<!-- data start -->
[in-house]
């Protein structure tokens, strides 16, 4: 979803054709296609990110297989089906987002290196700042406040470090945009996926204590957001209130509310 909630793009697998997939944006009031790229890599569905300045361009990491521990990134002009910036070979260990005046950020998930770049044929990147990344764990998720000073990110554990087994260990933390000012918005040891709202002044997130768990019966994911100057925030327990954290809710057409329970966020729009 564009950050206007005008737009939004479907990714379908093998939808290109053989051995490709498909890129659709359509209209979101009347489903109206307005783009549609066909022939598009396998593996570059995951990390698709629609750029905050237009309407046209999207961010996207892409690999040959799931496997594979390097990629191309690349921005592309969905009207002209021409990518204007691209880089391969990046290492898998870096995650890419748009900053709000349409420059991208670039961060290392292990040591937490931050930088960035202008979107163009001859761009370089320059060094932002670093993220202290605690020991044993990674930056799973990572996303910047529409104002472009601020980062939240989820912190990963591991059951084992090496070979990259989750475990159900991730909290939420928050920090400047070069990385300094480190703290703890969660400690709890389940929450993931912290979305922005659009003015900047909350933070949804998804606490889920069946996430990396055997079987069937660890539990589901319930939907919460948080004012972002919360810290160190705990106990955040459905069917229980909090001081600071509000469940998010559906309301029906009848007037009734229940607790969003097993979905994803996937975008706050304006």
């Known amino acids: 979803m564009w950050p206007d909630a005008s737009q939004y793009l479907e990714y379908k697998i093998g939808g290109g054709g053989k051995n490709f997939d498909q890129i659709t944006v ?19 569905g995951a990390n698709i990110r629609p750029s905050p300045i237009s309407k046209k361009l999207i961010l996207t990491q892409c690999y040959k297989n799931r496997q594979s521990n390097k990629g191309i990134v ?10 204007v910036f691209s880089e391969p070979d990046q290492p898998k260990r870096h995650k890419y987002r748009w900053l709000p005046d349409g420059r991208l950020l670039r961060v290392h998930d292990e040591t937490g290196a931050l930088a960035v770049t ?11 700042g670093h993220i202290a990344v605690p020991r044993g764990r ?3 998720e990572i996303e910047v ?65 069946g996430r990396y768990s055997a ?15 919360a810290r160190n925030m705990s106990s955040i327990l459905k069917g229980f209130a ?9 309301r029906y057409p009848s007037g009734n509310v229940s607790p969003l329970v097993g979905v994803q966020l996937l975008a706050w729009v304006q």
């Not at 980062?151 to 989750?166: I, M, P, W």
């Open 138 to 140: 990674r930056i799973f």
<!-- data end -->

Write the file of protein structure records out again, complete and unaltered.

[in-house]
């Protein structure tokens, strides 16, 4: 979803054709296609990110297989089906987002290196700042406040470090945009996926204590957001209130509310 909630793009697998997939944006009031790229890599569905300045361009990491521990990134002009910036070979260990005046950020998930770049044929990147990344764990998720000073990110554990087994260990933390000012918005040891709202002044997130768990019966994911100057925030327990954290809710057409329970966020729009 564009950050206007005008737009939004479907990714379908093998939808290109053989051995490709498909890129659709359509209209979101009347489903109206307005783009549609066909022939598009396998593996570059995951990390698709629609750029905050237009309407046209999207961010996207892409690999040959799931496997594979390097990629191309690349921005592309969905009207002209021409990518204007691209880089391969990046290492898998870096995650890419748009900053709000349409420059991208670039961060290392292990040591937490931050930088960035202008979107163009001859761009370089320059060094932002670093993220202290605690020991044993990674930056799973990572996303910047529409104002472009601020980062939240989820912190990963591991059951084992090496070979990259989750475990159900991730909290939420928050920090400047070069990385300094480190703290703890969660400690709890389940929450993931912290979305922005659009003015900047909350933070949804998804606490889920069946996430990396055997079987069937660890539990589901319930939907919460948080004012972002919360810290160190705990106990955040459905069917229980909090001081600071509000469940998010559906309301029906009848007037009734229940607790969003097993979905994803996937975008706050304006």
């Known amino acids: 979803m564009w950050p206007d909630a005008s737009q939004y793009l479907e990714y379908k697998i093998g939808g290109g054709g053989k051995n490709f997939d498909q890129i659709t944006v ?19 569905g995951a990390n698709i990110r629609p750029s905050p300045i237009s309407k046209k361009l999207i961010l996207t990491q892409c690999y040959k297989n799931r496997q594979s521990n390097k990629g191309i990134v ?10 204007v910036f691209s880089e391969p070979d990046q290492p898998k260990r870096h995650k890419y987002r748009w900053l709000p005046d349409g420059r991208l950020l670039r961060v290392h998930d292990e040591t937490g290196a931050l930088a960035v770049t ?11 700042g670093h993220i202290a990344v605690p020991r044993g764990r ?3 998720e990572i996303e910047v ?65 069946g996430r990396y768990s055997a ?15 919360a810290r160190n925030m705990s106990s955040i327990l459905k069917g229980f209130a ?9 309301r029906y057409p009848s007037g009734n509310v229940s607790p969003l329970v097993g979905v994803q966020l996937l975008a706050w729009v304006q």
């Not at 980062?151 to 989750?166: I, M, P, W």
């Open 138 to 140: 990674r930056i799973f």